How to avoid Facebook Marketplace scams when buying a car

January 04, 2024 by

Tempted by a cheap used car on Facebook Marketplace? Make sure it’s not too good to be true before parting with your cash by reading this guide to social media scams.

If you’re after a cheap runaround, Facebook Marketplace can be a good place to bag a bargain. You need to have your wits about you though, as scammers could use this platform to rob you of your hard-earned cash, so it’s important to familiarise yourself with all the red flags when looking at a car.

This handy guide will walk you through the warning signs of Facebook Marketplace scams, and most of these tips and tricks apply to any private car sale whether you’re buying through Facebook, or other buying and selling websites such as Gumtree or eBay.

What is a Facebook Marketplace scam?

Anyone can list their car for sale on platforms like Facebook Marketplace and Gumtree, and most of the ads you see will be genuine. However, a small handful may not be as they seem.

Unscrupulous sellers could try to make you part with your cash without giving you the car in return. Some scams involve scammers who use stolen pictures of a car they don’t own to tempt you in, then try to convince you that everything is legitimate when messaging you. They’ll then push you to leave a large deposit, or even pay the full price of the car before you’ve seen it, then disappear with your cash never to be seen again.

This leaves you with no new car, and you’ve lost your money. According to figures from Santander, £479,964 was reported as lost to Facebook car scams in 2023, up 93% from 2022.

In response to this report, a Meta spokesperson told the RAC: “We recognise our important role in tackling the industry-wide issue of online purchase scams and have systems in place to block scams.

“Facebook Marketplace is a local meet up and collection service so we don’t facilitate payments or shipping, but scammers exploit this by taking conversations off our platforms where we can’t enforce.

“We encourage our community to report scams immediately so we can take action and we’ll continue equipping customers with knowledge to transact securely and avoid fraud on Marketplace.”

How can I avoid getting scammed on Facebook?

There are a few ways you can protect yourself from getting scammed on Facebook Marketplace, or any buying and selling website for that matter.

The first thing to keep in mind is that if the car seems too good to be true, it probably is. Scammers will usually tempt victims in with a fairly new or desirable car for a very low price, so search around for other examples first to get an idea of what that model usually sells for. If the car you’re looking at is significantly cheaper than the average, and there’s no obvious reason why, such as high mileage, alarm bells should be ringing.

Scammers on Facebook may also try to move you away from the platform and get you to talk via email or text. It’s best practice to avoid doing this, as it makes it harder to track communications between you and the scammer if you need to report it.

Don’t be pressured into parting with your cash. If the seller is rushing you to pay them before you’ve even seen the car, just walk away. Don’t hand over any money until you’ve stood in front of the car in person and you’re happy with it. An image online is not proof that the car exists.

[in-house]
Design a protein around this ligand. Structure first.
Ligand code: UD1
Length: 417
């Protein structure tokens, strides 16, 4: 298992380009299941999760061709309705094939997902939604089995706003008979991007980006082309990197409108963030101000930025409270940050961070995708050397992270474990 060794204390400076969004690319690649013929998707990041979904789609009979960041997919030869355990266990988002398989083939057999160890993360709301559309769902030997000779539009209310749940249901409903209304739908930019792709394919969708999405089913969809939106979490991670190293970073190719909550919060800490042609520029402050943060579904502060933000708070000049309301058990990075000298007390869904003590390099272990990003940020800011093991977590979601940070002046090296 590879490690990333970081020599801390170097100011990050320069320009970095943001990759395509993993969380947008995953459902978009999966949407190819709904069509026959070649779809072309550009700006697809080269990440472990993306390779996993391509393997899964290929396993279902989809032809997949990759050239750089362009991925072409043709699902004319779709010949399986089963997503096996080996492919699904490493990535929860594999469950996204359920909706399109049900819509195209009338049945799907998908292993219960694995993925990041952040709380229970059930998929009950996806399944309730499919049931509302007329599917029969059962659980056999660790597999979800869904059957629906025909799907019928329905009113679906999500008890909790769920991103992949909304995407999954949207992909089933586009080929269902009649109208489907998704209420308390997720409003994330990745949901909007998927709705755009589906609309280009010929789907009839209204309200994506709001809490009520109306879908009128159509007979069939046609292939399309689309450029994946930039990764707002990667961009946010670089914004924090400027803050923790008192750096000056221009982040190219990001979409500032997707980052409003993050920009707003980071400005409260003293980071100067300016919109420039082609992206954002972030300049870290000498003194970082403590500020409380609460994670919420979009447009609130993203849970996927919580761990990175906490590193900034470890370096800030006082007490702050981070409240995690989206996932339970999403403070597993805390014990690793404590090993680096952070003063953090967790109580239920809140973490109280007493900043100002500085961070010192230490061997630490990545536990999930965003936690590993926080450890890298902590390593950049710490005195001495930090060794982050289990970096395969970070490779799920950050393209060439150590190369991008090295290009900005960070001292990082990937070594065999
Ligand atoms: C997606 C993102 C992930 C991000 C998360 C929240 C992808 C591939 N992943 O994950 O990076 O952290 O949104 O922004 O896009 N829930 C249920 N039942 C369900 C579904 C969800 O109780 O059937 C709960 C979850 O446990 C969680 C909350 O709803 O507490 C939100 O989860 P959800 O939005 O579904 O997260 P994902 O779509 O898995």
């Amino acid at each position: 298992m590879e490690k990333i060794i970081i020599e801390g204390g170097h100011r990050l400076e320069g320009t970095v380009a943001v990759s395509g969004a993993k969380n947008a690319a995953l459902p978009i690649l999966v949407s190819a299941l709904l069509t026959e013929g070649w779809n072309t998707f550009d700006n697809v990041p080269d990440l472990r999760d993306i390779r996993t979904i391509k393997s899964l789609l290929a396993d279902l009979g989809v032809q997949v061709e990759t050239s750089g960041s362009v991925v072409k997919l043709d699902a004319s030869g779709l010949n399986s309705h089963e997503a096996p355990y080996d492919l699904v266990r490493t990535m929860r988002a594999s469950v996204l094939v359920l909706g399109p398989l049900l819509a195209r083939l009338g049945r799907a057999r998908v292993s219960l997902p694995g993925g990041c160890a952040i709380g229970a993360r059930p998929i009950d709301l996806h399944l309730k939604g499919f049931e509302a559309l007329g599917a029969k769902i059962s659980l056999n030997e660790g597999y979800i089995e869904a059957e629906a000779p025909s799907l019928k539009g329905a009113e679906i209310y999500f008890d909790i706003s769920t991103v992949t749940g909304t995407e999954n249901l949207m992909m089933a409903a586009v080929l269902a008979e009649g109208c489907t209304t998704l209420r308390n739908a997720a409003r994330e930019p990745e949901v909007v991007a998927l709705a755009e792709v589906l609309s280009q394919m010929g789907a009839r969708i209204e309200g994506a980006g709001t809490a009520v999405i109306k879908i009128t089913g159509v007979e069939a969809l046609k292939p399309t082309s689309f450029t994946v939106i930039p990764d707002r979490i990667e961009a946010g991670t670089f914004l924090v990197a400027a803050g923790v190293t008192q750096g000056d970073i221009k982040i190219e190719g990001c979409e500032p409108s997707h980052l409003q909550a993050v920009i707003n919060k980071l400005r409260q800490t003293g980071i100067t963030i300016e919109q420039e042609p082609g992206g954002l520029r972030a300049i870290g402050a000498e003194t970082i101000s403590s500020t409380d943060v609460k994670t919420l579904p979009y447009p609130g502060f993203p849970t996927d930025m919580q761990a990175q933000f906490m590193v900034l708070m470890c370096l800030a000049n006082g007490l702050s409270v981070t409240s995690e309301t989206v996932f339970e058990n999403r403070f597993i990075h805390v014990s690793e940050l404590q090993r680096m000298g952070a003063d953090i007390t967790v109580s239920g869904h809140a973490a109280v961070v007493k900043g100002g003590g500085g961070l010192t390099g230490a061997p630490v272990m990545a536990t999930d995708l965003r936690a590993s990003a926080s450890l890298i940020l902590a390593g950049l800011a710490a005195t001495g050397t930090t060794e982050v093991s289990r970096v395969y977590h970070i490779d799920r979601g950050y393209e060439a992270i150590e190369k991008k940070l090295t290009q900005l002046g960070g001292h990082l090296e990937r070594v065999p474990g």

Make sure you carry out all the usual checks before committing to buy the car. A HPI check is a really important thing to do, especially when buying a car privately. You can make sure the car isn’t recorded as stolen, scrapped or written off, as well as checking for any outstanding finance.

What can I do if I’ve been scammed on Facebook?

Even the most savvy buyer can get caught out by a scam, and if you’re unlucky enough to ever be in this situation there are a couple of things you can do.

Your first port of call should be to call your bank as soon as possible because it may be able to refund your money. If you paid the scammer with a debit card or with PayPal, your card provider may be able to (if it meets their criteria) ask the seller’s bank to refund the money. This is known as the Chargeback scheme. Payments made by debit card are eligible for the Chargeback scheme, however much you paid.

If you’ve paid using a credit card, you might be able to claim the money back under the Consumer Credit Act. This is known as a ‘Section 75’ claim. To qualify for this, the payment must be more than £100 but less than £30,000, other conditions may also apply.

Payments made by bank transfer may be able to be reimbursed by your bank. If you can’t get your money back and you think this is wrong, you can follow your bank’s official complaints process. If your complaint isn’t dealt with within eight weeks, or you get a final response letter, you can take your case to the financial ombudsman to see if they can help.

If you’ve handed over cash using a money transfer service, it’s unlikely you’ll get your money back. Even if you can’t get a refund, you can report the scam to the Citizens Advice Bureau for additional help.

If you believe a listing on Facebook Marketplace, or any online selling platform, is a scam, you should report the listing and the user through the website you’re using. It’s easy to report a potential scam through Facebook, and it can mean the fraudulent advert is taken down.

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If you want a hassle-free way to buy your next car, Carwow is a great place to go. You can browse hundreds of new and used models, and get great deals from our network of trusted dealers. You can even have the car delivered at a time and place to suit you.